payment of interest on the amount of the indebtedness.
For default in the payment of taxes for the years 1925 and 1926, the house
was on November 23, 1926 sold at public auction, and, for failure to exercise
the right of legal redemption, the City of Manila, the attachment creditor and
vendor of the property, executed a final deed of sale in favor of the
purchaser, the other defendant Massy Teague.
Furthermore, for default in the payment of the rents due on the lot of said
house for the years 1925 to 1928, the Santa Mesa estate, the lessor of said
land, cancelled the lease on July 13, 1928, pursuant to the terms of the
The appellant Gimenez contends that the plaintiff was responsible for the
delinquency in the payment of both the tax on the house and the rent of the
lot, which caused him the loss of the said house and the leasehold right on
the lot, because the plaintiff was at that time in charge of the administration
of the premises with the obligation to attend to the payment of the tax and
the rents.
The plaintiff denied that he had such obligation, alleging that his duties were
confined to the collection of the rents of the house in order to apply them to
the payment of the interest on the mortgage.
Such was in fact the original agreement; but the appellant asserts that it was
modified by the letter.
ISSUE: Whether or not the the administration of the property in question assumed by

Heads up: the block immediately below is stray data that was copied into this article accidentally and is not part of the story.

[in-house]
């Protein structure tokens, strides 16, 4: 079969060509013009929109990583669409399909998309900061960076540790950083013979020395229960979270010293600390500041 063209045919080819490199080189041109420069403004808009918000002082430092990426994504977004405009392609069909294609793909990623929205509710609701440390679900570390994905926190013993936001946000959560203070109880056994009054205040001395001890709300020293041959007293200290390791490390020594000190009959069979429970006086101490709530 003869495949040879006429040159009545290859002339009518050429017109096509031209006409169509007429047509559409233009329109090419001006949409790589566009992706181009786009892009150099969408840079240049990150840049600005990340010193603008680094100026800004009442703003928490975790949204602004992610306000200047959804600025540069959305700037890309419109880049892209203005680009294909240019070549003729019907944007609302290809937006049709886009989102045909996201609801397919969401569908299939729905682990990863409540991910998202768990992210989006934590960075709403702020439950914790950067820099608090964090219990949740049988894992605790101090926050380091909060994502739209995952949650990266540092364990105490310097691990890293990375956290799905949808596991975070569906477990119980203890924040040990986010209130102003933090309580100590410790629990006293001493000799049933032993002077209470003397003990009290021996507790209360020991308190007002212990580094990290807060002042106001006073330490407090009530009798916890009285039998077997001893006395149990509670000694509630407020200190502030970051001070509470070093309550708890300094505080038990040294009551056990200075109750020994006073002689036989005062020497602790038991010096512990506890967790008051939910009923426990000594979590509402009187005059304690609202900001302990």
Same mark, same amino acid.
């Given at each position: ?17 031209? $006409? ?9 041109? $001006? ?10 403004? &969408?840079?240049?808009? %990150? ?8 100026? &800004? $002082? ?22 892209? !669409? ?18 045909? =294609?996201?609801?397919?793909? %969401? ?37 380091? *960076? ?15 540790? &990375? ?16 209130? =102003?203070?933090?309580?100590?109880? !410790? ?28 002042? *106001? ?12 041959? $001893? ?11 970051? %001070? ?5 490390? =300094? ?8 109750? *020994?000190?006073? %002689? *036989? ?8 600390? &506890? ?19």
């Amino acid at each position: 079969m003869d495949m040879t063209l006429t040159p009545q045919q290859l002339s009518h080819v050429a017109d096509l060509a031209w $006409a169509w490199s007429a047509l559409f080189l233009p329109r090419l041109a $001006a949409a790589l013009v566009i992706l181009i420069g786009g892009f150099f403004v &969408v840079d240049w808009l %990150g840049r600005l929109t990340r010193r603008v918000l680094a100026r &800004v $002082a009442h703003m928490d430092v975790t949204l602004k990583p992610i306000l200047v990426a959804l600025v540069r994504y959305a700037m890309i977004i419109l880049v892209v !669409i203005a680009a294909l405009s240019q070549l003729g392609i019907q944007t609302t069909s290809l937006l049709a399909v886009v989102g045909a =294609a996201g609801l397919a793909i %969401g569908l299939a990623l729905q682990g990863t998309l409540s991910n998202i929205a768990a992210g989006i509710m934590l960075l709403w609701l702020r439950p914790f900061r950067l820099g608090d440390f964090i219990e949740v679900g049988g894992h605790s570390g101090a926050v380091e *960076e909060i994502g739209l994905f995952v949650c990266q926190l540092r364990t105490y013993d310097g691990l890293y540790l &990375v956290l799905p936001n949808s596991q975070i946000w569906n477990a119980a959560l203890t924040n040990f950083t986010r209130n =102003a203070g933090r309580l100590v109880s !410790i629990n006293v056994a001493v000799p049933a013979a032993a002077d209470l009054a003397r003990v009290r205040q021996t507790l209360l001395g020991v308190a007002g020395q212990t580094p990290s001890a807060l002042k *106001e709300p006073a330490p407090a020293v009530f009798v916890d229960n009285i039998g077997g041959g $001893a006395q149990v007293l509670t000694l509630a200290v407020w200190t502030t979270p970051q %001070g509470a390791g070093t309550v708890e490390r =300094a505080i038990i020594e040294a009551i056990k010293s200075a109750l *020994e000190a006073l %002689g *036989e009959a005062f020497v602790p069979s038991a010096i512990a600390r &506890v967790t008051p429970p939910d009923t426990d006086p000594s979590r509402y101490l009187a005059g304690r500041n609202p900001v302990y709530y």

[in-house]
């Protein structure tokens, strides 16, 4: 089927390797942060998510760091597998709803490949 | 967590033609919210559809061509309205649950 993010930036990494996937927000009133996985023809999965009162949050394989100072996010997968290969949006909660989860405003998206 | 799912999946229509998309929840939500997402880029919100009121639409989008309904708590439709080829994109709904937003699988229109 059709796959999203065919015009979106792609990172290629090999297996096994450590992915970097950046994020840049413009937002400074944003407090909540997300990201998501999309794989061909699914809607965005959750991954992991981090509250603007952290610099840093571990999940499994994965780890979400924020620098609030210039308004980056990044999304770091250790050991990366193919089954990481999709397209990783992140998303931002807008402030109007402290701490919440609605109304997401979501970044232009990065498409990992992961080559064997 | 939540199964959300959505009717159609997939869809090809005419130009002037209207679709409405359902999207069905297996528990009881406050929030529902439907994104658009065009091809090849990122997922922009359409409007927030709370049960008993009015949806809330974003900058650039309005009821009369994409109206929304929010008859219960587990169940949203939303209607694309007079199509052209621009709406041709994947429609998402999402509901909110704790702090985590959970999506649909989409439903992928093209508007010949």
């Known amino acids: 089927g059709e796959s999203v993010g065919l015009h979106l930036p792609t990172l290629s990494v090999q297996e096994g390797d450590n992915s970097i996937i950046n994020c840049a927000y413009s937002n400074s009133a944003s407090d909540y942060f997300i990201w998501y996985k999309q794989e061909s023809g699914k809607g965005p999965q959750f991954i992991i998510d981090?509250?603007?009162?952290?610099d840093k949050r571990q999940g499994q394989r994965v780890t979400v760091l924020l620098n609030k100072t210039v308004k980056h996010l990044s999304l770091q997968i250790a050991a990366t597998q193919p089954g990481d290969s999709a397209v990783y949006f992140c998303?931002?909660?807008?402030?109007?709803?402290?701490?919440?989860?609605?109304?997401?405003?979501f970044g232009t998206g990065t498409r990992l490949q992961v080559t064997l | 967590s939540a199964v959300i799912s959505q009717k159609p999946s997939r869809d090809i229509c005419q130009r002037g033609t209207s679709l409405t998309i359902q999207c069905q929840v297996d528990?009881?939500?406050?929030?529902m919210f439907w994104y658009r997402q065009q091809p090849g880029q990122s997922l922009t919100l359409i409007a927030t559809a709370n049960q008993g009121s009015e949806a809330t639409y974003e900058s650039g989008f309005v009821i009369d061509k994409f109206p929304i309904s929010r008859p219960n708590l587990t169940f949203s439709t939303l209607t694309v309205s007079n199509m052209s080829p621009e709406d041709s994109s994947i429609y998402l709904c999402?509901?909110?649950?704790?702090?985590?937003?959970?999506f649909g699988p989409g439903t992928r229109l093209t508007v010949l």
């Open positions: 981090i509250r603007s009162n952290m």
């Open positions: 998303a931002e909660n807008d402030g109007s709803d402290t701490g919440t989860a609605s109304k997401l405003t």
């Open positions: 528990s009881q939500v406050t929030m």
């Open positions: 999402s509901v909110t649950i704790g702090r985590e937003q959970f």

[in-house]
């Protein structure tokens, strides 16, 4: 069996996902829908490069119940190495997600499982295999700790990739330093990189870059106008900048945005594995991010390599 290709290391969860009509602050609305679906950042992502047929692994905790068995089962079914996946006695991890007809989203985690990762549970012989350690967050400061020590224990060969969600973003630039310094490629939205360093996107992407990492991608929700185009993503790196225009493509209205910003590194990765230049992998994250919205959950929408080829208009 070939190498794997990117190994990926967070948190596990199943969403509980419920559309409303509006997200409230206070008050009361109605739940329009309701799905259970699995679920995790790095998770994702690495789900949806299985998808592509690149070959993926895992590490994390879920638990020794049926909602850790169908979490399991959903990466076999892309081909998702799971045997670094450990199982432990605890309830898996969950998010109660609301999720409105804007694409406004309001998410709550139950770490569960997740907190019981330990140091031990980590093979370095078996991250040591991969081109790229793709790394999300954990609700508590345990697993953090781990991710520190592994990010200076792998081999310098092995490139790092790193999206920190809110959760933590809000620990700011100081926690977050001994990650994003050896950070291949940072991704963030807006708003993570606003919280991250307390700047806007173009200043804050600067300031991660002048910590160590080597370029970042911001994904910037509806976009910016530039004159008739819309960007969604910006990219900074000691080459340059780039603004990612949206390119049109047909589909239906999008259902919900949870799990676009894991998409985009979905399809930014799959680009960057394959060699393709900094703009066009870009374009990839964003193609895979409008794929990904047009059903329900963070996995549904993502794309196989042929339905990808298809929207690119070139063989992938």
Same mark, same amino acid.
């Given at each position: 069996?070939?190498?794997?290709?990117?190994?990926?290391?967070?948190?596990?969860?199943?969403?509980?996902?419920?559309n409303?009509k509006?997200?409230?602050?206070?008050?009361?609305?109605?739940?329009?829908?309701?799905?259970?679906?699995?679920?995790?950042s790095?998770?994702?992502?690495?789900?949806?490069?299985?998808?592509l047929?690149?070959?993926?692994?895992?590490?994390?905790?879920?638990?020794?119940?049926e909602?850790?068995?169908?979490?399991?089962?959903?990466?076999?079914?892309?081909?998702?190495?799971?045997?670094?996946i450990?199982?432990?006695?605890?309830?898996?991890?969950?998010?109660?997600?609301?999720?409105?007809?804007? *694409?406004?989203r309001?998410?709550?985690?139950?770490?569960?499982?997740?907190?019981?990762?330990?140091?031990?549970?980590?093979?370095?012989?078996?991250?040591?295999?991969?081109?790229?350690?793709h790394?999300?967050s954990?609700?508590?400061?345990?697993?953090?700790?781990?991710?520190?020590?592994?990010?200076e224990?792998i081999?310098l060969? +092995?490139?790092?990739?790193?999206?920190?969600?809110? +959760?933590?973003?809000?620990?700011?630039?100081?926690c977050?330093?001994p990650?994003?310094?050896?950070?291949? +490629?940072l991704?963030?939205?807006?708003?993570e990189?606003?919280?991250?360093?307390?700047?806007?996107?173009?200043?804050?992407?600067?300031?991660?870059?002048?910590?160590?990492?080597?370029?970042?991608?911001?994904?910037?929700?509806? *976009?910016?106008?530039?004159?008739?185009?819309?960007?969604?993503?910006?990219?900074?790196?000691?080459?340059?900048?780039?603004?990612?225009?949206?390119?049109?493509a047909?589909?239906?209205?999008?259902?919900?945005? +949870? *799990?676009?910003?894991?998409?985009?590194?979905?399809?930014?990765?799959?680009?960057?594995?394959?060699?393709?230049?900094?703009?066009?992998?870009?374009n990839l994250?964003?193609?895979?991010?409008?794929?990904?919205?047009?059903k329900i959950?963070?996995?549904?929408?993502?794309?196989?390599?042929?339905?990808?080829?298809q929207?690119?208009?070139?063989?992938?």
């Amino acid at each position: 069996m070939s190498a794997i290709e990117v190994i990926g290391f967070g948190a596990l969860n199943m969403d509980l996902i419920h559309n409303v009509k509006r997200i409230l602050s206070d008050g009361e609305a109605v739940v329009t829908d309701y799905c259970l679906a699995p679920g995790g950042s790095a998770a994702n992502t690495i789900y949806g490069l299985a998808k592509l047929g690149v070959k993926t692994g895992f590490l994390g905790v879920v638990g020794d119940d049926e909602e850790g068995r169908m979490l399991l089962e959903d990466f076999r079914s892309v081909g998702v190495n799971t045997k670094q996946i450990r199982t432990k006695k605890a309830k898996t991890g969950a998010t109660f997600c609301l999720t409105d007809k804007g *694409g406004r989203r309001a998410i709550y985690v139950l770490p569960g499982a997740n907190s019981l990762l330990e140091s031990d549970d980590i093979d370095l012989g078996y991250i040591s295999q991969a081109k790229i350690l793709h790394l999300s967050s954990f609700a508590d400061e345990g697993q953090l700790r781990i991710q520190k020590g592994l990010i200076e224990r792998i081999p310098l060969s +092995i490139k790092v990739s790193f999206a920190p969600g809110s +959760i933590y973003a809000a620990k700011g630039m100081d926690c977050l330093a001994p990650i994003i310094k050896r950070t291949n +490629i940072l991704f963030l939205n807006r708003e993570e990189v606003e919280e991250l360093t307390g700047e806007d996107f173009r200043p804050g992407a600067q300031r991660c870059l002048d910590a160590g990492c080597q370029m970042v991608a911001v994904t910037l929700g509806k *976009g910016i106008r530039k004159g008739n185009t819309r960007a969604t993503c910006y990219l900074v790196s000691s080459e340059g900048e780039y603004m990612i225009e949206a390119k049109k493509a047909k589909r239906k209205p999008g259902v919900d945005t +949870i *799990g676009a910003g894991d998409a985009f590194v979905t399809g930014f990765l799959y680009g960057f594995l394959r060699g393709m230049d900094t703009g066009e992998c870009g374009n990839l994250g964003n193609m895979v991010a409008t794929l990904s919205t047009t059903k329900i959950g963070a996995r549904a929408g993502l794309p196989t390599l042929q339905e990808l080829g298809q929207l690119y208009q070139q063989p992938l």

the plaintiff toward the end of October, 1925 is antichretic in character.

Taking into account the language of the letter Exhibit 1 and the appellant's
unimpeached testimony, we are constrained to hold that it has been proved
by a preponderance of evidence, that even though at first the plaintiff had
only undertaken to collect the rents of the house, later on, towards the end of
October, 1925, he assumed the obligation to pay both the tax on the house,
and the rent of the lot.
As to the consideration contained in the judgment appealed from to the effect
that, in view of the reduction of the rent of the house in May, 1926, the
plaintiff would not have accepted the administration under the conditions
alleged by the defendant-appellant, it must be remembered that the plaintiff
took over such complete administration months before such reduction of
rents, and it does not appear that the reduction was foreseen.
From all these circumstances it follows that the administration of the property
in question assumed by the plaintiff toward the end of October, 1925 is

antichretic in character, and therefore justice and equity demand that

application be here made of the Civil Code provisions touching the obligations
of the antichretic creditor, to wit:
The creditor is obliged to pay the taxes and charges which burden the
estate, in the absence of an agreement to the contrary.
He shall also be obliged to pay any expenses necessary for its
preservation and repair.
Any sums he may expend for such purposes shall be chargeable
against the fruits. (Art. 1882, Civil Code.)
These obligations arise from the very nature of the covenant, and are
correlated with the plaintiff's acquired right to take charge of the property
and collect the fruits for himself.

125. Peralta v. Quimpo (CA), 51 O.G. No.3, p. 1383, Sept. 2, 1954

126. Villanueva v. Ipondo, 44 O.G. No. 11, p. 4377, Sept. 24, 1947